Up to four sessions per subject may be scheduled to collect a series of load measurements on ARED in order to obtain a sufficient number of data points to develop calibration curves after the data is downlinked. During each session, static and dynamic data will be collected in different ARED configurations: ARED Main Exercise Bar in the high position, ARED Main Exercise Bar in the low position, and use of the ARED exercise cable.  Dynamic data collection during a subset of exercises typically performed on ARED will follow. Private high-definition video recording of each session is required in order to correlate Force Shoe data with crewmember actions. This video will be downlinked after each session. Privatized, real-time video in standard-definition is also required for the first performance of this session with each subject to assist the crew real-time and verify completion of objectives.

    Two inflight calibration sessions (no more than one per subject) are also required. A series of static load measurements on the T2 treadmill using different numbers of French clips with the bungees will be collected.  During the T2 session, the treadmill belt must be programmed to 0 mph.  The data collected via the Force Shoes and the T2 load cells will be downlinked and compared against each other by ground personnel.  As with the ARED sessions, private high-definition video recording with later downlink (to correlate Force Shoe data with crewmember actions) is required.  Privatized, real-time video in standard-definition is also required to assist the crew real-time and verify completion of objectives.

    A minimum of 14 days between data collection sessions (T2 or ARED) is required to allow the PI Team to evaluate the data from each session before another data collection session is performed.
     

     

    Operational Protocols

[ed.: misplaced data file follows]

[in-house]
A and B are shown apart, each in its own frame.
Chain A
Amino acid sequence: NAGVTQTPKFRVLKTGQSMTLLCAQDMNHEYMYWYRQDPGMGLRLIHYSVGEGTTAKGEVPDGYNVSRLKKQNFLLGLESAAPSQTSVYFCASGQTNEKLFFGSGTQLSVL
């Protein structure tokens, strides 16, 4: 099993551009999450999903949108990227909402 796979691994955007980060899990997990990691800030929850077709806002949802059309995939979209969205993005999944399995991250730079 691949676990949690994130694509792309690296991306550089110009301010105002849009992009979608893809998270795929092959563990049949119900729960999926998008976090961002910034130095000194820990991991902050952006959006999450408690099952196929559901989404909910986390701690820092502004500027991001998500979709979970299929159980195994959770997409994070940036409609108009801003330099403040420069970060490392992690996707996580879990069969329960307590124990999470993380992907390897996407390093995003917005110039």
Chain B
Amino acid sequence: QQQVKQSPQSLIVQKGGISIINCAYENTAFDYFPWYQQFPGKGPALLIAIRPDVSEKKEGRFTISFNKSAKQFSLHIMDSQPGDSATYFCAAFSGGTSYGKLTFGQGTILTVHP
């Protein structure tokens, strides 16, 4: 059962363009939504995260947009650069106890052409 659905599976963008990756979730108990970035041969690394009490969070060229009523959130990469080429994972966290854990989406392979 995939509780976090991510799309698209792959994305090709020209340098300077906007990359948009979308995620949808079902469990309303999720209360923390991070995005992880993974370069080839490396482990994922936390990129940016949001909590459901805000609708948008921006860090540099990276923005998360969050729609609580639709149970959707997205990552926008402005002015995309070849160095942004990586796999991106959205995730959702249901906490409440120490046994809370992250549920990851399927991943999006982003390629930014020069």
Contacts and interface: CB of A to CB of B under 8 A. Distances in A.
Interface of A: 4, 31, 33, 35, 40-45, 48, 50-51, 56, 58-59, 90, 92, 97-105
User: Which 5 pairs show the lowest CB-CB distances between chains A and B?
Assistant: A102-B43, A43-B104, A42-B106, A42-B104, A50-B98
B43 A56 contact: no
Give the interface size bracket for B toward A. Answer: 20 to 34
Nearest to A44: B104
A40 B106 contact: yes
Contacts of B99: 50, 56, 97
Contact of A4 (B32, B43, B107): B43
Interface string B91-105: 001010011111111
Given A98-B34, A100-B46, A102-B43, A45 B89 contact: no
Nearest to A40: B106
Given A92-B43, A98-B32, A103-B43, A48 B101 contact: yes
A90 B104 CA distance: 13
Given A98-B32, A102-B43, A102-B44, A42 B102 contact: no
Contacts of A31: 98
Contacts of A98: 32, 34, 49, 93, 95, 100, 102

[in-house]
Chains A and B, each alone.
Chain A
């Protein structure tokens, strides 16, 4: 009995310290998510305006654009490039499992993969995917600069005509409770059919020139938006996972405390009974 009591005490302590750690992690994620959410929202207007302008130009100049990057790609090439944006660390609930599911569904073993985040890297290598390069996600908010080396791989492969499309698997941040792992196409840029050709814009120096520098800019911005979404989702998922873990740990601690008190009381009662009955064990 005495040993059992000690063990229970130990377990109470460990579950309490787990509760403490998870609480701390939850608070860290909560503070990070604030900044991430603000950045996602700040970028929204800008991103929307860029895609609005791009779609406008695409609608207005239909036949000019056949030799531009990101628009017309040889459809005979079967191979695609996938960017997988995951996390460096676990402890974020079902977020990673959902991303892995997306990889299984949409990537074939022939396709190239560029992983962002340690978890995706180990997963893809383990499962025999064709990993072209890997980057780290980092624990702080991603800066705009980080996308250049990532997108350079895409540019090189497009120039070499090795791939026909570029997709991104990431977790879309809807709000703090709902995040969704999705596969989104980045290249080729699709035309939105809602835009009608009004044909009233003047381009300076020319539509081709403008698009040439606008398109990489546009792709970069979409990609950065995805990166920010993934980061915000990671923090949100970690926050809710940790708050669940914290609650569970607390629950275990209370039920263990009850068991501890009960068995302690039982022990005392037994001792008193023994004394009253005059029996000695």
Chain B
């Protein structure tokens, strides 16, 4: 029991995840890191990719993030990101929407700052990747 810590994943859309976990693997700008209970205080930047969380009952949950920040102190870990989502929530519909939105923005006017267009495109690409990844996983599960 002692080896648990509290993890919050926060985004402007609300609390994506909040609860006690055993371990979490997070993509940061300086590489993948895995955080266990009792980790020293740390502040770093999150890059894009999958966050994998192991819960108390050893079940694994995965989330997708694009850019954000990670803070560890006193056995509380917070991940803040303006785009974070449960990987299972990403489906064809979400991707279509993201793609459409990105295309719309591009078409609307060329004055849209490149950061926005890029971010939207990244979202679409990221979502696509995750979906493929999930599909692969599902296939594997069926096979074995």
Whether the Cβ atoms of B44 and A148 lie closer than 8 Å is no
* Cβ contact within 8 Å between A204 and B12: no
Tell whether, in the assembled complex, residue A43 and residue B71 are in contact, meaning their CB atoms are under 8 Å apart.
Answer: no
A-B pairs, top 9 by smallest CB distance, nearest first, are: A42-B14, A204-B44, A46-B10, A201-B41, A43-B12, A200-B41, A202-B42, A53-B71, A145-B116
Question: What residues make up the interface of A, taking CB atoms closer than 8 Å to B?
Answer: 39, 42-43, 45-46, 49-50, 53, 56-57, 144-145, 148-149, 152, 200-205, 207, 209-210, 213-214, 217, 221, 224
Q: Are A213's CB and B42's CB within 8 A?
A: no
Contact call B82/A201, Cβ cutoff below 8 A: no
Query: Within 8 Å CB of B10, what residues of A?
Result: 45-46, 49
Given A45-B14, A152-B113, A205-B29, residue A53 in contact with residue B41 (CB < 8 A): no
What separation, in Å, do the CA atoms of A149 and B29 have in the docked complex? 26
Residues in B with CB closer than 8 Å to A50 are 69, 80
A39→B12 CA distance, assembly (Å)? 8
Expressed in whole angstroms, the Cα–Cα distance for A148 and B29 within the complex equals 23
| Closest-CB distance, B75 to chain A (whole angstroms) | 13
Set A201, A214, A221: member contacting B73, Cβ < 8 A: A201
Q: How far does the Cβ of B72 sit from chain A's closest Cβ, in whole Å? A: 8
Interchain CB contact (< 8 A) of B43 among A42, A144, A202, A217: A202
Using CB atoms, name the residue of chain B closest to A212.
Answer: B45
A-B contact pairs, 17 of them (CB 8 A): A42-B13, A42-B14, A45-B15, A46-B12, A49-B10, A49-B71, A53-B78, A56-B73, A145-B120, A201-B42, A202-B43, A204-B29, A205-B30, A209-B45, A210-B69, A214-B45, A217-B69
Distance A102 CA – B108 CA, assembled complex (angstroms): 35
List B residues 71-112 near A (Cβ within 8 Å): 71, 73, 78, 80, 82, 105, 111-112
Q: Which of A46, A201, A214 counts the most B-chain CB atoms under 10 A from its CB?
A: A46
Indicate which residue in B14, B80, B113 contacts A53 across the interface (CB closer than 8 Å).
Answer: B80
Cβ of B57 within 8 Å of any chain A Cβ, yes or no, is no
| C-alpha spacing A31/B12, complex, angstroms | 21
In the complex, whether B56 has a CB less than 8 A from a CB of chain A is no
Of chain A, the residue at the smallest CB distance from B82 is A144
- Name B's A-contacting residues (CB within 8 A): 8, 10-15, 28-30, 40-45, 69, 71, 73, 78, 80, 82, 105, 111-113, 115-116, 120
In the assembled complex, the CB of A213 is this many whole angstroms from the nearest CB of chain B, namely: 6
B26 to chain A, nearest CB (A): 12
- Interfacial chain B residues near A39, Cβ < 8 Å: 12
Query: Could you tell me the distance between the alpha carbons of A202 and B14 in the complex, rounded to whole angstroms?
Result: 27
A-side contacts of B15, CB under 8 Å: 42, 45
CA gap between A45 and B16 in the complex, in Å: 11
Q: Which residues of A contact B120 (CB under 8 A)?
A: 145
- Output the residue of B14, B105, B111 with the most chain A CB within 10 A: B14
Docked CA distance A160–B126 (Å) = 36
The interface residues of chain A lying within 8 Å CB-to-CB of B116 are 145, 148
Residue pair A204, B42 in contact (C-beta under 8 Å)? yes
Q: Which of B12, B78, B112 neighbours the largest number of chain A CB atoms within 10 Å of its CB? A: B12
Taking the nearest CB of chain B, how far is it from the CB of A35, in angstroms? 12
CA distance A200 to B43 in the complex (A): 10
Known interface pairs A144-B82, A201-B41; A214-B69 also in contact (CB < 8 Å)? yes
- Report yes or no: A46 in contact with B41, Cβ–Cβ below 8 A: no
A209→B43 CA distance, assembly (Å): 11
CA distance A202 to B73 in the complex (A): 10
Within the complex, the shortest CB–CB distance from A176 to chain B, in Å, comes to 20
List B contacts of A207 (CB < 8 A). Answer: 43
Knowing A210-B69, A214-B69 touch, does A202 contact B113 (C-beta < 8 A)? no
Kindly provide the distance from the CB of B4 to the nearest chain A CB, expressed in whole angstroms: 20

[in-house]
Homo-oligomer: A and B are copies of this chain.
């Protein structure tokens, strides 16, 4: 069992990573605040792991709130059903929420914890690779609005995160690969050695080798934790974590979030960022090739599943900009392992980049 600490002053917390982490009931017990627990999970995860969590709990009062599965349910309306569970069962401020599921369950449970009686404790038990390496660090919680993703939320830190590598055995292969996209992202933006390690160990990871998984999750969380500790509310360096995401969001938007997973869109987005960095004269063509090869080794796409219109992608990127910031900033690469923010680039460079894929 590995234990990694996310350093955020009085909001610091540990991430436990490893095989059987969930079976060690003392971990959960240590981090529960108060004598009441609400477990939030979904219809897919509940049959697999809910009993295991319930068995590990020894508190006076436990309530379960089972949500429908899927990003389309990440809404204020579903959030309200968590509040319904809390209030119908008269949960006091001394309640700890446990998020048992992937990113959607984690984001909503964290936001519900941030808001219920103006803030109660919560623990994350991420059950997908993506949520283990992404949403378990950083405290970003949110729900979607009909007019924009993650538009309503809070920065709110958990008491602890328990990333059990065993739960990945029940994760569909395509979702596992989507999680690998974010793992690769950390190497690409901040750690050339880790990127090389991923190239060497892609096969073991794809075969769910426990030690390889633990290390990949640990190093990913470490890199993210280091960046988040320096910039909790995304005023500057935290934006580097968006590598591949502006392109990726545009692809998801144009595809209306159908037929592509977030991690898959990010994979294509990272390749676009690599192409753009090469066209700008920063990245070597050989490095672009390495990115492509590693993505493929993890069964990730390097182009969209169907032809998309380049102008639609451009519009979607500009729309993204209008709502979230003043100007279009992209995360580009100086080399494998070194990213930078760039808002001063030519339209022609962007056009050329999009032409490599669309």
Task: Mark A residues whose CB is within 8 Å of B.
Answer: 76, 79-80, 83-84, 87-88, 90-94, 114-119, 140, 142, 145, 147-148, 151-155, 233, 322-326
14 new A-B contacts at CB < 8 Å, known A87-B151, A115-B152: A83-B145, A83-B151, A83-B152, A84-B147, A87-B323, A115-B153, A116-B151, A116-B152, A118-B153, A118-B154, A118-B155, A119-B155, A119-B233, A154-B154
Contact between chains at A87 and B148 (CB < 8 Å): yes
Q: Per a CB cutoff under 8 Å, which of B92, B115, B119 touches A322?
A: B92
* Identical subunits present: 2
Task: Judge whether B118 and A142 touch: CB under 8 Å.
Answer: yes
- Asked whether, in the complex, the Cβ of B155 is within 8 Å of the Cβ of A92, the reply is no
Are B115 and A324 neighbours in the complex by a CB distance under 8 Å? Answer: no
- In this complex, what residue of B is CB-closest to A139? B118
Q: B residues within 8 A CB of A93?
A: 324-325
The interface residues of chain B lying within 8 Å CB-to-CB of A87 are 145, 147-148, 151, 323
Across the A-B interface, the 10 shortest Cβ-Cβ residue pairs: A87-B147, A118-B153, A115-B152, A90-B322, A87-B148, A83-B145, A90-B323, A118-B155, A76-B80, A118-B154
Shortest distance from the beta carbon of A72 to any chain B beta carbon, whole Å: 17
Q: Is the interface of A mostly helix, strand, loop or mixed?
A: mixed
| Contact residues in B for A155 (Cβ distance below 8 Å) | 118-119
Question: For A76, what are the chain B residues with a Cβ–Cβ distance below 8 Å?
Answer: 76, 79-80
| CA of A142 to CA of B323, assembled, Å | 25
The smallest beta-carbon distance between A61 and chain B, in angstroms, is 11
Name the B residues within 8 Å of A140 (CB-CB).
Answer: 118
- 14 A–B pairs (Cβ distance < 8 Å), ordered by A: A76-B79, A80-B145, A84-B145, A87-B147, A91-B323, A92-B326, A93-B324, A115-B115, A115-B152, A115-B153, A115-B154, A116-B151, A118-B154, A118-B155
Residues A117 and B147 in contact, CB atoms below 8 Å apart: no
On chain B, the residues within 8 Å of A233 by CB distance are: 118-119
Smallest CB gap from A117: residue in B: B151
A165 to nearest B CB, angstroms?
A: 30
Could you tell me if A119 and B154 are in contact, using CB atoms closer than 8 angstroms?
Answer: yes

During the T2 calibration session, the crewmember will setup the Force Shoe hardware by connecting the Force Shoes Wireless Receiver to an SSC, installing batteries into the Force Shoes Unit (router), and connecting the Force Shoes to the Force Shoes Unit (router) via the Force Shoes Comm Cables.  The Force Shoes will be allowed to warm-up for a minimum of 10 minutes during which the crewmember will watch a short video to describe the crew activity and setup the camera.  Before the T2 session, OCA will uplink a software profile in which the treadmill belt will be programmed to 0 mph while collecting force data.  To start, the crewmember will zero the force shoes, and take a zero-load measurement with the Force Shoes in a free float environment. Next, the crewmember will don the Force Shoe and take another zero load measurement while wearing the shoes in a free float environment. The crewmember will then stand on T2 while wearing the Force Shoe hardware system and transmitting data to the ISS server.  The crewmember will be tethered to the treadmill using a set of bungees per nominal operating procedures.  The crewmember will stand motionless on the treadmill for a few seconds to collect static load data on the Force Shoes and on T2.  Afterwards, a French clip will be added in-line between the bungees and the crewmember-worn harness, and another static load measurement will be taken.  The process will be repeated until there is no contact between the Force Shoes and the treadmill.  The data from T2 will be compared to the Force Shoe data after downlink.